A number of countries supported the USA's boycott of these Games, including West Germany, which deprived the decathlon of its world record holder. But Guido Kratschmer would have had to go some to beat Daley Thompson, who was a better competitor. When the boycott was announced, Thompson broke training so he could take Kratschmer on. He not only beat him, but also set a world record of 8,622. Kratschmer responded with 8.649 the following month, but only because Thompson wasn't there. Here in Moscow, Daley scored only 8,495 points because he didn't need any more. When he did, he retained the title emphatically four years later (9 August).

The boycott did make a huge difference to the 400 metres hurdles. Ed Moses set a world record in winning the event in 1976 (25 July) and would have walked away with it this time. In his absence, gold went to the talented East German Volker Beck and bronze to Britain's dogged Gary Oakes, whose wife-to-be Heather Hunte won the same medal in the sprint relay. Moses regained the title in 1984 (5 August).

An altogether less successful Olympics for British athletics. Brendan Foster won the country's only track and field medal at these Games, a distant bronze behind Lasse Virén, who retained the 10,000 metre title. Foster was many people's favourite for the event, but his usual mixture of fizzy drinks on a nervous stomach left him struggling to hold off team mate Tony Simmons. Virén took the lead on the penultimate lap and won easily from Portugal's Carlos Lopes, who won the Marathon eight years later (12 August).

The first woman to swim 400 metres in under four minutes. The go-faster bodysuits led to an absolute plague of world records that year, especially at the World Championships, where they were set in 31 different events. In the 400 metres freestyle, Federica Pellegrini delighted the Roman crowd by touching in 3 minutes 59.15, more than a second faster than the British pair of former world record holder Jo Jackson and Olympic champion Rebecca Adlington. Pellegrini set another world record at the Championships three days later.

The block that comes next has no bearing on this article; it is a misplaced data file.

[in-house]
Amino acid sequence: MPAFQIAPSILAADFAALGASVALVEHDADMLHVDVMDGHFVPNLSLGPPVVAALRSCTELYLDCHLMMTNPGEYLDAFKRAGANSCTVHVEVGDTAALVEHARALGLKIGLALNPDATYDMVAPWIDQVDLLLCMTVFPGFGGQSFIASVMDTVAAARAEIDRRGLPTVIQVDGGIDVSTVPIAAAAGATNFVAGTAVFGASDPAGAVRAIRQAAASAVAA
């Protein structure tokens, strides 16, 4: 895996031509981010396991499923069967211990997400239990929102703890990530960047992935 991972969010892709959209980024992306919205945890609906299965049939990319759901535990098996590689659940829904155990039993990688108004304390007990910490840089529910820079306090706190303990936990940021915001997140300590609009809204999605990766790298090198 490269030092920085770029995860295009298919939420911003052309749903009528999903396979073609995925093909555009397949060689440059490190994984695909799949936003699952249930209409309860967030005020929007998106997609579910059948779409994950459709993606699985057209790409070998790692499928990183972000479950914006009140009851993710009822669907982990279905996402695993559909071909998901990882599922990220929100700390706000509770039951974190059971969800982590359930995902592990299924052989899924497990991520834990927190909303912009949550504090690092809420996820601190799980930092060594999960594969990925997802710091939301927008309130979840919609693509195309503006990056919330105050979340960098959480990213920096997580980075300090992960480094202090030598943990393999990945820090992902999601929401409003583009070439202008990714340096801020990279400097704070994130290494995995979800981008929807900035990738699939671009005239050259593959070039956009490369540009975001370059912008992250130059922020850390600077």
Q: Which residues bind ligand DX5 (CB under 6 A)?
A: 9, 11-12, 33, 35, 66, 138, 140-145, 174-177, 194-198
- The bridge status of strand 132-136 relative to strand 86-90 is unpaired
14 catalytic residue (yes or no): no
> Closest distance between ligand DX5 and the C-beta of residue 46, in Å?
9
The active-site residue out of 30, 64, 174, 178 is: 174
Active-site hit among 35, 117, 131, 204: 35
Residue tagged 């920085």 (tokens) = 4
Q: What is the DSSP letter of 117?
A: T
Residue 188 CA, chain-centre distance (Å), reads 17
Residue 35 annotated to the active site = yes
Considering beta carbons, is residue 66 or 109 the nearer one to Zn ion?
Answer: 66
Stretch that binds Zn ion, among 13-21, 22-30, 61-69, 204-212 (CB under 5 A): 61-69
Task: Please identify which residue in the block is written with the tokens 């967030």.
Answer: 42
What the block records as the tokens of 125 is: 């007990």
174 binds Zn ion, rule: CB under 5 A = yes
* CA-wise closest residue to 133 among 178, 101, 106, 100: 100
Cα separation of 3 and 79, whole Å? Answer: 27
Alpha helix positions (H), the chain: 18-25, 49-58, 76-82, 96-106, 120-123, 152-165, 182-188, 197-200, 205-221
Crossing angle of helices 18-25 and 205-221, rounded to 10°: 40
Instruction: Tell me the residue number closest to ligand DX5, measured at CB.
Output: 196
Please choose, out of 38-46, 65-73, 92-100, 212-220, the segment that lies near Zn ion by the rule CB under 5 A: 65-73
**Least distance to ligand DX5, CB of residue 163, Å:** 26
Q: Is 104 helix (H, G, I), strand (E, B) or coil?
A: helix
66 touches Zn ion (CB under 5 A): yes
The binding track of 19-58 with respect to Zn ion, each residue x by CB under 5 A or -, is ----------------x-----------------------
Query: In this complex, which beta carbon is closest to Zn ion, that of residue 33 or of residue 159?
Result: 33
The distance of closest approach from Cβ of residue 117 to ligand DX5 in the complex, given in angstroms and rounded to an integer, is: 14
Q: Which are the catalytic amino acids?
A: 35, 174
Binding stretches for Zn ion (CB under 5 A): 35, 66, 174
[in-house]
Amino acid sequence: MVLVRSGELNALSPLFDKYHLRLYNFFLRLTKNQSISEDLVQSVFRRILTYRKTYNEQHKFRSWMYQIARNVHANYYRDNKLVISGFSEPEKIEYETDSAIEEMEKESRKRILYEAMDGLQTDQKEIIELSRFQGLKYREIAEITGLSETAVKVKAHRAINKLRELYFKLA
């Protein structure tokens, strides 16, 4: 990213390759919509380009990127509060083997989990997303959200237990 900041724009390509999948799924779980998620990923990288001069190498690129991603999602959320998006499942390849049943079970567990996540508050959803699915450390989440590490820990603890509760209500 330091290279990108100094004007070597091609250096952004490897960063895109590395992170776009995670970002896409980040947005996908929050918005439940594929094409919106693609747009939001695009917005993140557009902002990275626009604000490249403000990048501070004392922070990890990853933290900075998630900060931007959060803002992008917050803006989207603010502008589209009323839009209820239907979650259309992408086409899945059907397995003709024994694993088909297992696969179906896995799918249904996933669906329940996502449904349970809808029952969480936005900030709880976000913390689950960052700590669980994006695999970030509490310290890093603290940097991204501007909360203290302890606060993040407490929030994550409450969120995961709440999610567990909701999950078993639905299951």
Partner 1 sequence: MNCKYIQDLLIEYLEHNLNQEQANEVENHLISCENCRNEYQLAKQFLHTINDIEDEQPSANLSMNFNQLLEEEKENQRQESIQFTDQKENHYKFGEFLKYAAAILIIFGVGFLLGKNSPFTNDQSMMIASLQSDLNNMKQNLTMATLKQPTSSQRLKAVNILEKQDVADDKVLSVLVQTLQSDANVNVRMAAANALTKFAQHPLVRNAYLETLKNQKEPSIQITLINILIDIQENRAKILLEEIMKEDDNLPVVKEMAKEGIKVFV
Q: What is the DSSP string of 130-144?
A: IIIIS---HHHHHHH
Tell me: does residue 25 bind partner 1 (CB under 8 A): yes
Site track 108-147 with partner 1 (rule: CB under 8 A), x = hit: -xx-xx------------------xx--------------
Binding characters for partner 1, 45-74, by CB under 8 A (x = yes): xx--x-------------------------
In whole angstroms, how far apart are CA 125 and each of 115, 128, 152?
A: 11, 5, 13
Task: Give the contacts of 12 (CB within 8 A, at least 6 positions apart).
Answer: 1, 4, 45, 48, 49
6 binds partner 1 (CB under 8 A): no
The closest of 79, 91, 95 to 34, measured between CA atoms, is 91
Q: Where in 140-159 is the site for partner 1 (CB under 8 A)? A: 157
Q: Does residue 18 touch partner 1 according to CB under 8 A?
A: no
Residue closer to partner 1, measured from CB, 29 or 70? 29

Vitas Gerulaitis was a popular figure in men's tennis © Getty Images

Vitas Gerulaitis was born Vytautas Gerulaitis to Lithuanian parents in New York. The great tennis playboy of his generation and most others, highly visible with his long frizzy blond hair and speed around the court, he didn't have big enough shots to win consistently against Borg, McEnroe, and Connors. He lost a US Open final to McEnroe, a French Open final to Borg, and a famous Wimbledon semi-final to Borg in 1977, losing the fifth set 8-6. Gerulaitis won the doubles there with Sandy Meyer in 1975. His only Grand Slam singles title was the Australian Open in 1977, when he beat Britain's John Lloyd in the Final (31 December). Popular with other players as well as fans, Vitas lived fast and died young: he was only 40 when he succumbed to accidental carbon monoxide poisoning in his sleep.